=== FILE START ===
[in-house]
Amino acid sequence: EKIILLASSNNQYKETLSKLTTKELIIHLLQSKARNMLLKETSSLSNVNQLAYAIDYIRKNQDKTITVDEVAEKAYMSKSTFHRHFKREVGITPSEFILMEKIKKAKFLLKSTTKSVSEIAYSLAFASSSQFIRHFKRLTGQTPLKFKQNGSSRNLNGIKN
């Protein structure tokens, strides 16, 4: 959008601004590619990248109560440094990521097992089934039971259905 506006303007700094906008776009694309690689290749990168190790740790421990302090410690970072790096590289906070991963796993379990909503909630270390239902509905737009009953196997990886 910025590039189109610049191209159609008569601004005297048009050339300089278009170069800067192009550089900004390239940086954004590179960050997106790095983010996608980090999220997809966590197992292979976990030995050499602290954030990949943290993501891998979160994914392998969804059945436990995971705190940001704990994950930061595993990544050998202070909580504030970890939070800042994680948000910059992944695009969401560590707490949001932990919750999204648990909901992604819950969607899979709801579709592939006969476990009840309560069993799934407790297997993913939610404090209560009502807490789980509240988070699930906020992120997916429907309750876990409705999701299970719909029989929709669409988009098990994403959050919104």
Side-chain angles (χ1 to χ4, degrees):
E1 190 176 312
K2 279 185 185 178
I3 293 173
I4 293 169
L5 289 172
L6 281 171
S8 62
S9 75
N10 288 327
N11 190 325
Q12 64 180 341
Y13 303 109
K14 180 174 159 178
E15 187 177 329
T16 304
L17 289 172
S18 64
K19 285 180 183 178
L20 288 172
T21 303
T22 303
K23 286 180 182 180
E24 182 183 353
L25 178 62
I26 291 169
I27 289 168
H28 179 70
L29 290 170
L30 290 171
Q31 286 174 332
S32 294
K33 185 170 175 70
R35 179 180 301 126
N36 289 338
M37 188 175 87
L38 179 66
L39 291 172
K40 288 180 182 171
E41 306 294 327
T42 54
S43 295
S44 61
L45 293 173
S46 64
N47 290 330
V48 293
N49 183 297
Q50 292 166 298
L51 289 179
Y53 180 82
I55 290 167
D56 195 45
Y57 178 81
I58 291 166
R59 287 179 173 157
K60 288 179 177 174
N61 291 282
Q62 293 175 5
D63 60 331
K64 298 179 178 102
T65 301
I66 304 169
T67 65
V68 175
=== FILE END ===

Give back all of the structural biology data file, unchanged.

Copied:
[in-house]
Amino acid sequence: EKIILLASSNNQYKETLSKLTTKELIIHLLQSKARNMLLKETSSLSNVNQLAYAIDYIRKNQDKTITVDEVAEKAYMSKSTFHRHFKREVGITPSEFILMEKIKKAKFLLKSTTKSVSEIAYSLAFASSSQFIRHFKRLTGQTPLKFKQNGSSRNLNGIKN
């Protein structure tokens, strides 16, 4: 959008601004590619990248109560440094990521097992089934039971259905 506006303007700094906008776009694309690689290749990168190790740790421990302090410690970072790096590289906070991963796993379990909503909630270390239902509905737009009953196997990886 910025590039189109610049191209159609008569601004005297048009050339300089278009170069800067192009550089900004390239940086954004590179960050997106790095983010996608980090999220997809966590197992292979976990030995050499602290954030990949943290993501891998979160994914392998969804059945436990995971705190940001704990994950930061595993990544050998202070909580504030970890939070800042994680948000910059992944695009969401560590707490949001932990919750999204648990909901992604819950969607899979709801579709592939006969476990009840309560069993799934407790297997993913939610404090209560009502807490789980509240988070699930906020992120997916429907309750876990409705999701299970719909029989929709669409988009098990994403959050919104």
Side-chain angles (χ1 to χ4, degrees):
E1 190 176 312
K2 279 185 185 178
I3 293 173
I4 293 169
L5 289 172
L6 281 171
S8 62
S9 75
N10 288 327
N11 190 325
Q12 64 180 341
Y13 303 109
K14 180 174 159 178
E15 187 177 329
T16 304
L17 289 172
S18 64
K19 285 180 183 178
L20 288 172
T21 303
T22 303
K23 286 180 182 180
E24 182 183 353
L25 178 62
I26 291 169
I27 289 168
H28 179 70
L29 290 170
L30 290 171
Q31 286 174 332
S32 294
K33 185 170 175 70
R35 179 180 301 126
N36 289 338
M37 188 175 87
L38 179 66
L39 291 172
K40 288 180 182 171
E41 306 294 327
T42 54
S43 295
S44 61
L45 293 173
S46 64
N47 290 330
V48 293
N49 183 297
Q50 292 166 298
L51 289 179
Y53 180 82
I55 290 167
D56 195 45
Y57 178 81
I58 291 166
R59 287 179 173 157
K60 288 179 177 174
N61 291 282
Q62 293 175 5
D63 60 331
K64 298 179 178 102
T65 301
I66 304 169
T67 65
V68 175